Which Budgeting System is Right for You?

Budgets need to be managed. That means keeping track of your spending on a fairly regular basis. Without some form of monitoring, you will have no way of knowing:

  • If your budget is realistic;
  • if you are working within your budget; or
  • if you will be successful in achieving your financial goals.

So once you create a budget, successfully sticking to your budget means tracking your spending.

Here are 7 different personal budgeting systems that can help you do that.

1. Cloud-based budgeting apps

Good for: People comfortable doing things digitally

Avoid if: You don’t trust budgeting apps with access to your banking information.

Nowadays there are tons of digital apps available to automatically keep track of how your budget is progressing through the month. Free apps like Mint.com automatically update all your spending and transactions by connecting directly to your bank accounts. You can also set bill payment notifications so you can avoid late payments. The app will then do all the hard work of categorizing your transactions and regular outgoings. Online budgeting tools are often cloud-based, which means you can access your information and make manual updates from any device.

The downside of cloud-based budgeting tools is that you have to entrust a third party with extremely sensitive personal information, such as your bank and credit card details. Not all apps are free, so you need to factor in and budget for the cost of using a subscription-based budgeting app.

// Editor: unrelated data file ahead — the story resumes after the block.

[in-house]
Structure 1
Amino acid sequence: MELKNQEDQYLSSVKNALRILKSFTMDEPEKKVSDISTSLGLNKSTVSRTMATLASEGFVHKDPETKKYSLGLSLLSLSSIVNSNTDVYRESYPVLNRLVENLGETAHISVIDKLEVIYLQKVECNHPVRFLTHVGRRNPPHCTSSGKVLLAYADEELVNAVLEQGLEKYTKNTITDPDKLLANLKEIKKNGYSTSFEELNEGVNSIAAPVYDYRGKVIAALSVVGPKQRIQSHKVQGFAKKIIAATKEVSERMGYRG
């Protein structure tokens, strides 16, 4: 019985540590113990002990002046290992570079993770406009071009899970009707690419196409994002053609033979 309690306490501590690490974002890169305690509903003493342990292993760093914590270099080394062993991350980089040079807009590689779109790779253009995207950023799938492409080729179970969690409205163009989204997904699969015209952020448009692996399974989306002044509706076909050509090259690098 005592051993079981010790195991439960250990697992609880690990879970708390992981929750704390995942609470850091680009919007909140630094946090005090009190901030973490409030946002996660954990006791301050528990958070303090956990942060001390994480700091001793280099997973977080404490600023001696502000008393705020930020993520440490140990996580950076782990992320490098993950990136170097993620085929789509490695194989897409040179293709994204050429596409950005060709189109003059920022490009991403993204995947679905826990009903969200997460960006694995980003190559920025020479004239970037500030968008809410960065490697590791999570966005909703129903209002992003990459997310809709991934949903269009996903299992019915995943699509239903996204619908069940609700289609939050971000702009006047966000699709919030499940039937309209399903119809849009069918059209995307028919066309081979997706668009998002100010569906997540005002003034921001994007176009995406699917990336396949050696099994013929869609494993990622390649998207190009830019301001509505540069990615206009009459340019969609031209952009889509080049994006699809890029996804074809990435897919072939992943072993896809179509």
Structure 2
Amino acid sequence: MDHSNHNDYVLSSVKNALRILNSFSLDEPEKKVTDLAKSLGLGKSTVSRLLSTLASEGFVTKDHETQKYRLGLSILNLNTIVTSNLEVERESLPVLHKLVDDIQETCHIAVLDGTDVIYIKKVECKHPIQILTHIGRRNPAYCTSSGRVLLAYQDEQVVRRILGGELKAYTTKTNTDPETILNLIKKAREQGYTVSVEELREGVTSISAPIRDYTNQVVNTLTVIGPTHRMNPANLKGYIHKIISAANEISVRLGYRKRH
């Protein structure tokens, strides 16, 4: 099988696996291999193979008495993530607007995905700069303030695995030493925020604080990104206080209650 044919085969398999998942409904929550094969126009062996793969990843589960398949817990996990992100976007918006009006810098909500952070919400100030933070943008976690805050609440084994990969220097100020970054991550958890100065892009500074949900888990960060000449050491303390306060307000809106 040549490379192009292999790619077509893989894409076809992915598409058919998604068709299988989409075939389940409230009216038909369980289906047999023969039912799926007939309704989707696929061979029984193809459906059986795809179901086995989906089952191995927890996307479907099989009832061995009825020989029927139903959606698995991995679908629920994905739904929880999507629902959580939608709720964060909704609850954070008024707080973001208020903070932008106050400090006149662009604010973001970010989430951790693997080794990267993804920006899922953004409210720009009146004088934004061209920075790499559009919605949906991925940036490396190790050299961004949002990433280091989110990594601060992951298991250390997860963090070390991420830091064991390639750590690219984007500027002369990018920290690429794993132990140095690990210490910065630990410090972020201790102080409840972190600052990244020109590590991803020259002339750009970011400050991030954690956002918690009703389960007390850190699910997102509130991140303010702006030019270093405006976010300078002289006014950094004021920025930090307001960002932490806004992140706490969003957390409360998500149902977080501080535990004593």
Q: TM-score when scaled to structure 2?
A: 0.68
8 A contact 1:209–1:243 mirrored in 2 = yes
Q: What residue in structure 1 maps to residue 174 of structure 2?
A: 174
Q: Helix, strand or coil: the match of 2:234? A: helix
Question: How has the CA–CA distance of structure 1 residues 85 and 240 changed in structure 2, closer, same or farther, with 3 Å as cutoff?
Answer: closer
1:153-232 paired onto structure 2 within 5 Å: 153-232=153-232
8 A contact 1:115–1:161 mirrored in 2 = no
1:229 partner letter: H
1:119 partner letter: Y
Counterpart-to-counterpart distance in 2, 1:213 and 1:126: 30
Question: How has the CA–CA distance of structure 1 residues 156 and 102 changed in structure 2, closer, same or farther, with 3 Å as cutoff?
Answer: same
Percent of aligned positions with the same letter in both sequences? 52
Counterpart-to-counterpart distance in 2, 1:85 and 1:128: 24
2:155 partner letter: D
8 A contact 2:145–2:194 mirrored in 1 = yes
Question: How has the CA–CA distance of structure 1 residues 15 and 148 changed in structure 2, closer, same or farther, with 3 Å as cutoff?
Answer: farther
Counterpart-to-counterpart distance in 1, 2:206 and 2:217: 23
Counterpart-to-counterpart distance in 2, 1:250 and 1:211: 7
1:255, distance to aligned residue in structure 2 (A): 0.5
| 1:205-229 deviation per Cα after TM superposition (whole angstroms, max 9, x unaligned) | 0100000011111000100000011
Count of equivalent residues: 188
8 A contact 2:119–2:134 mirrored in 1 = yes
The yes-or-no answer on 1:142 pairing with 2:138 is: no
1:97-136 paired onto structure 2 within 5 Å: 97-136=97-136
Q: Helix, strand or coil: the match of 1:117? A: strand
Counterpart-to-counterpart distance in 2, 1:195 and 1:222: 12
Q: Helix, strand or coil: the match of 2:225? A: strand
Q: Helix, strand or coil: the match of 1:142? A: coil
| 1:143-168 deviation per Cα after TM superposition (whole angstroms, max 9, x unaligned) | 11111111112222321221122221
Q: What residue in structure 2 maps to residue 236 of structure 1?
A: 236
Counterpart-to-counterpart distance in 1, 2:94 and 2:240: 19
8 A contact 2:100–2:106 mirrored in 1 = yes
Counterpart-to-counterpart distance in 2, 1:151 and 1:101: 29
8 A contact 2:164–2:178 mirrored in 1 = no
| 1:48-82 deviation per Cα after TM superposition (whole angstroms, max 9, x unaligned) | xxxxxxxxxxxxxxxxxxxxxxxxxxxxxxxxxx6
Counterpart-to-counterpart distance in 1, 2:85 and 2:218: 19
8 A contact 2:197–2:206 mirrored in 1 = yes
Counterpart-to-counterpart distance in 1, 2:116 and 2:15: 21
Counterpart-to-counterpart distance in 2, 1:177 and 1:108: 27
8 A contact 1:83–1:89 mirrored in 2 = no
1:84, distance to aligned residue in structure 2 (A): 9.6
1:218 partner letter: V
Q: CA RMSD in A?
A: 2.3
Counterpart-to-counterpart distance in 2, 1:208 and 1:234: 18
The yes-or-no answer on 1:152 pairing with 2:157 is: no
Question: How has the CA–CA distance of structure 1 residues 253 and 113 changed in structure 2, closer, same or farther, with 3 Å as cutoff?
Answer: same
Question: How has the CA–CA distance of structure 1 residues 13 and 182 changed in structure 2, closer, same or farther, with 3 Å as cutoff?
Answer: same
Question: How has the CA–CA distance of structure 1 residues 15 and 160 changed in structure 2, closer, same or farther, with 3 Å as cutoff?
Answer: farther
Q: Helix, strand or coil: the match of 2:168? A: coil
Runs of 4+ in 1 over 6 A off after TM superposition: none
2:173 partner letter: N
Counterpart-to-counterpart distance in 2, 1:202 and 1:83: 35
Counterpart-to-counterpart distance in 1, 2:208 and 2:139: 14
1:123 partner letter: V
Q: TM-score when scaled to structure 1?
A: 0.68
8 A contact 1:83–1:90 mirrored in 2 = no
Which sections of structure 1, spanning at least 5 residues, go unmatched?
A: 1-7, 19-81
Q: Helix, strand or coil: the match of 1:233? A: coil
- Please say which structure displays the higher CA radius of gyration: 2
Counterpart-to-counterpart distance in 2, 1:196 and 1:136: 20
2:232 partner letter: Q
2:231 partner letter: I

No matter how good your budgeting tool is, you should always spend a little time going through the categorizations to make sure they are accurate. This will help to make sure that you’re getting an accurate picture of what you are spending and where each month.

2. Envelope budget system

Good for: People who prefer to pay with cash and tend to overspend.

Avoid if: You make most purchases electronically.

The envelope budget system is a great way to control your spending behaviours. You simply create an envelope for each of your spend categories, and as soon as you are paid you fill each envelope with the exact amount of cash you have allocated to that category. Then, whenever you want to spend any money throughout the month, you simply take the cash from the envelope, and you’re good to go. When you run out, you will need to either redistribute money from other categories or wait until the following month to spend extra.

EEBA (Easy Envelope Budget Aid), available at eebacanhelp.com, works as an online envelope or jar system. You decide on the categories and set a fixed budget limit monthly.  Each time you make a purchase you input your data.  EEBA keeps a running today of the amount spent by category.

3. Bucket or bank account budgeting

Good for: People who pay for things with credit cards, debit cards or online payment methods like PayPal.

Avoid if: Transferring money between multiple bank accounts is too confusing for you.

Your ‘jars’ don’t have to be physical piles of cash. You can use virtual jars by setting up different bank accounts for different purposes. We recommend you use low-fee online banking to avoid unnecessary bank fees.

Under this method, you set up 3-5 separate bank accounts for managing your money. Your accounts can be set up in any way that will help you stay within budget. A typical approach might be to have one account to pay living expenses and then have separate accounts to set funds aside for specific items like an emergency fund, vacation account, savings accounts, etc.

4. The quota budget approach

Good for: People who have a hard time visualizing what items or activities their budget translates into